Travelling to Soothe the Soul

 

There weren’t many things that I knew I wanted to do after losing Jake. Literally all of my plans changed. They flipped completely upside down. Well, almost all of them. Perhaps the only two things I knew I wanted to do were finish my PhD, and to get away for a little while (well more accurately, get away as much as possible).

So I planned a month adventure to Europe, to places I have always, always dreamed about visiting. After booking the trip people kept asking me if I was scared, or excited, and as much as I knew that I was both of those things, I didn’t feel either emotion. Mainly because it didn’t feel real, the trip didn’t feel real, and to be completely honest my whole existence didn’t feel real. I went into autopilot mode in the months after the accident.

But then the day came, and whilst standing at the airport I was scared, sad, anxious, but definitely also excited.

It sucked watching the adorable (too adorable) couples at the airport and on the plane. I genuinely never thought I would travel far on my own, aside from for work trips. I had an adventure partner. So it was a crazy thought to be travelling to the other side of the world by myself for a month.

Arriving to Edinburgh, Scotland (my first stop), was equal parts terrifying and exciting. I was so keen to get out and explore the beautiful city but I was nervous to do it by myself, not because of anything major, more just because of the small things… like eating in a café alone, or having to get my suitcase up a flight of stairs alone. But I adjusted to it, and I even started enjoying the time by myself, particularly snuggled up in my apartment watching snow fall- that was magical!

 

I soon joined my first tour group, and I was definitely no longer alone, although I was still lonely from time to time. Meeting 50 new people, travelling around Scotland and Ireland, singing Irish pub music, searching for Nessie and doing a million other amazing things was a genuinely fantastic distraction. I learnt that it is true that you can be a different person whilst travelling. I didn’t tell many people I met why I booked the trip, because, for a little while I didn’t want people to treat me differently, to give me sympathy, or to tip toe around me.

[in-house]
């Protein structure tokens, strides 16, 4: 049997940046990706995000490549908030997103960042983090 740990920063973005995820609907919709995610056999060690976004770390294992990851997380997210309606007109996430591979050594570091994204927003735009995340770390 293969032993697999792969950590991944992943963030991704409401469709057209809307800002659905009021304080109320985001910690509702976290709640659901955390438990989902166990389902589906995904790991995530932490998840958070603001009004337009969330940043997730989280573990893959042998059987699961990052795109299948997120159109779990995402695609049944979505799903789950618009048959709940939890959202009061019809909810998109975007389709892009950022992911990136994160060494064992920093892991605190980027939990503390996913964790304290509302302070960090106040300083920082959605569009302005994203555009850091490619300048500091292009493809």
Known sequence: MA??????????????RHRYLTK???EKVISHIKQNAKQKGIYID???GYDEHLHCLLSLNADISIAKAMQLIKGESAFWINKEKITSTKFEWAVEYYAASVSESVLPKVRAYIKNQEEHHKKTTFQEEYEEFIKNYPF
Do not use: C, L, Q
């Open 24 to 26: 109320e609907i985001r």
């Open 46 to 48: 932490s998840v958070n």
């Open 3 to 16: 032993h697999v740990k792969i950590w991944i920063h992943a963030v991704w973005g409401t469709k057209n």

I needed to see beauty in the world again. After losing Jake and feeling the most unimaginable pain, it was hard to think of life the same way. I always loved my life, and thought our planet was damn beautiful and completely filled with magic. But loosing Jake made me question all of that. It made me question why things happen, and whether I could ever see or appreciate life’s enchantment again.

However, travelling, exploring, experiencing new places, and meeting new people did help me start to see the beauty again. I realised that Earth is a giant place, filled with amazing things and people. Filled with places so awe-inspiring that you can’t help but smile. Filled with people who are all fighting different battles and people who are more than willing to help me fight mine (even people I just met). I have always believed in fate. So losing Jake was really hard, as I could never believe that it was fate. It was a horrible and tragic accident, not fate. However,  I do believe that since then, fate has made me meet particular people. Some people who I told what happened, others who I didn’t. Many of them wouldn’t even realise that the time I spent with them (no matter how short) helped me immensely (I hope a couple of them might actually be reading this).

 

iceland blue lag

I have always craved adventure, but I think that craving has definitely grown.

It doesn’t in any way change what happened, but travelling and exploring is soothing my soul.

 

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